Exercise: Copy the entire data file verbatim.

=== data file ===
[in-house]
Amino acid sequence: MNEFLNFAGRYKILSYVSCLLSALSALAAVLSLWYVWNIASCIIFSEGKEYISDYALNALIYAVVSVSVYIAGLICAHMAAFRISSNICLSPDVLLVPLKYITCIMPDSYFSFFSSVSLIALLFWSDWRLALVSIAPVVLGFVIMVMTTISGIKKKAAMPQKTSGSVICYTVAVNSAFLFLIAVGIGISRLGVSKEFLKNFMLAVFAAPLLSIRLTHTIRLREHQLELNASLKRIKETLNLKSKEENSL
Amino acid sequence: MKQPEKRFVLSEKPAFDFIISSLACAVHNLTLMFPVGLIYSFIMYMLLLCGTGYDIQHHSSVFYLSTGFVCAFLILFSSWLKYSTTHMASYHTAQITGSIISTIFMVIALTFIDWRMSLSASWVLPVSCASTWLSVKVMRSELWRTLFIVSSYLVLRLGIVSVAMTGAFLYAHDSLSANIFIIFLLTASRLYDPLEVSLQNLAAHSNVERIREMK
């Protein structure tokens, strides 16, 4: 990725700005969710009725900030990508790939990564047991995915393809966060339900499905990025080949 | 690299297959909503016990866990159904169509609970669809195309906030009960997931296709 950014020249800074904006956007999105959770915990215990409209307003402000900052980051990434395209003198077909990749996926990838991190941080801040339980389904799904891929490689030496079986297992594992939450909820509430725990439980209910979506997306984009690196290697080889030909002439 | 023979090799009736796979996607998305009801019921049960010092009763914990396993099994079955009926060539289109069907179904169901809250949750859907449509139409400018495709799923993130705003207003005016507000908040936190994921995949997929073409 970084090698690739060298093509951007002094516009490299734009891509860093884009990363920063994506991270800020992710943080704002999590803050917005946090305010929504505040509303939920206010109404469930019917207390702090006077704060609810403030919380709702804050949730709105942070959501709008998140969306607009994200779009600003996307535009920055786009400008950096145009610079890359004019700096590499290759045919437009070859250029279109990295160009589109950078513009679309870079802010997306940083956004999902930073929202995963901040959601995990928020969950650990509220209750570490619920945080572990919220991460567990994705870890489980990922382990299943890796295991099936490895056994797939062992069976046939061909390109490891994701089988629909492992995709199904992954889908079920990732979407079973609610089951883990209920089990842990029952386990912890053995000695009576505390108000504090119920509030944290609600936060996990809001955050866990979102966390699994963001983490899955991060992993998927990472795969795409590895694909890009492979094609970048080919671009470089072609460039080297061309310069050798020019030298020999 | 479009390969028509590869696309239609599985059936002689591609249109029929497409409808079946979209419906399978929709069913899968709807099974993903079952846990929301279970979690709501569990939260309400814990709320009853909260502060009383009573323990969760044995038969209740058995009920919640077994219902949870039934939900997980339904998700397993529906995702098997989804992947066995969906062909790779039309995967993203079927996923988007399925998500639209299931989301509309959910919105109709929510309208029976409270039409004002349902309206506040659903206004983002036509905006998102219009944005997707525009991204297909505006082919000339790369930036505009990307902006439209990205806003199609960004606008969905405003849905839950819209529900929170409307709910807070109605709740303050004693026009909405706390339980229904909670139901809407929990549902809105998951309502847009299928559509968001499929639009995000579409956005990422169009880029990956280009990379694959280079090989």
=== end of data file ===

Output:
[in-house]
Amino acid sequence: MNEFLNFAGRYKILSYVSCLLSALSALAAVLSLWYVWNIASCIIFSEGKEYISDYALNALIYAVVSVSVYIAGLICAHMAAFRISSNICLSPDVLLVPLKYITCIMPDSYFSFFSSVSLIALLFWSDWRLALVSIAPVVLGFVIMVMTTISGIKKKAAMPQKTSGSVICYTVAVNSAFLFLIAVGIGISRLGVSKEFLKNFMLAVFAAPLLSIRLTHTIRLREHQLELNASLKRIKETLNLKSKEENSL
Amino acid sequence: MKQPEKRFVLSEKPAFDFIISSLACAVHNLTLMFPVGLIYSFIMYMLLLCGTGYDIQHHSSVFYLSTGFVCAFLILFSSWLKYSTTHMASYHTAQITGSIISTIFMVIALTFIDWRMSLSASWVLPVSCASTWLSVKVMRSELWRTLFIVSSYLVLRLGIVSVAMTGAFLYAHDSLSANIFIIFLLTASRLYDPLEVSLQNLAAHSNVERIREMK
């Protein structure tokens, strides 16, 4: 990725700005969710009725900030990508790939990564047991995915393809966060339900499905990025080949 | 690299297959909503016990866990159904169509609970669809195309906030009960997931296709 950014020249800074904006956007999105959770915990215990409209307003402000900052980051990434395209003198077909990749996926990838991190941080801040339980389904799904891929490689030496079986297992594992939450909820509430725990439980209910979506997306984009690196290697080889030909002439 | 023979090799009736796979996607998305009801019921049960010092009763914990396993099994079955009926060539289109069907179904169901809250949750859907449509139409400018495709799923993130705003207003005016507000908040936190994921995949997929073409 970084090698690739060298093509951007002094516009490299734009891509860093884009990363920063994506991270800020992710943080704002999590803050917005946090305010929504505040509303939920206010109404469930019917207390702090006077704060609810403030919380709702804050949730709105942070959501709008998140969306607009994200779009600003996307535009920055786009400008950096145009610079890359004019700096590499290759045919437009070859250029279109990295160009589109950078513009679309870079802010997306940083956004999902930073929202995963901040959601995990928020969950650990509220209750570490619920945080572990919220991460567990994705870890489980990922382990299943890796295991099936490895056994797939062992069976046939061909390109490891994701089988629909492992995709199904992954889908079920990732979407079973609610089951883990209920089990842990029952386990912890053995000695009576505390108000504090119920509030944290609600936060996990809001955050866990979102966390699994963001983490899955991060992993998927990472795969795409590895694909890009492979094609970048080919671009470089072609460039080297061309310069050798020019030298020999 | 479009390969028509590869696309239609599985059936002689591609249109029929497409409808079946979209419906399978929709069913899968709807099974993903079952846990929301279970979690709501569990939260309400814990709320009853909260502060009383009573323990969760044995038969209740058995009920919640077994219902949870039934939900997980339904998700397993529906995702098997989804992947066995969906062909790779039309995967993203079927996923988007399925998500639209299931989301509309959910919105109709929510309208029976409270039409004002349902309206506040659903206004983002036509905006998102219009944005997707525009991204297909505006082919000339790369930036505009990307902006439209990205806003199609960004606008969905405003849905839950819209529900929170409307709910807070109605709740303050004693026009909405706390339980229904909670139901809407929990549902809105998951309502847009299928559509968001499929639009995000579409956005990422169009880029990956280009990379694959280079090989």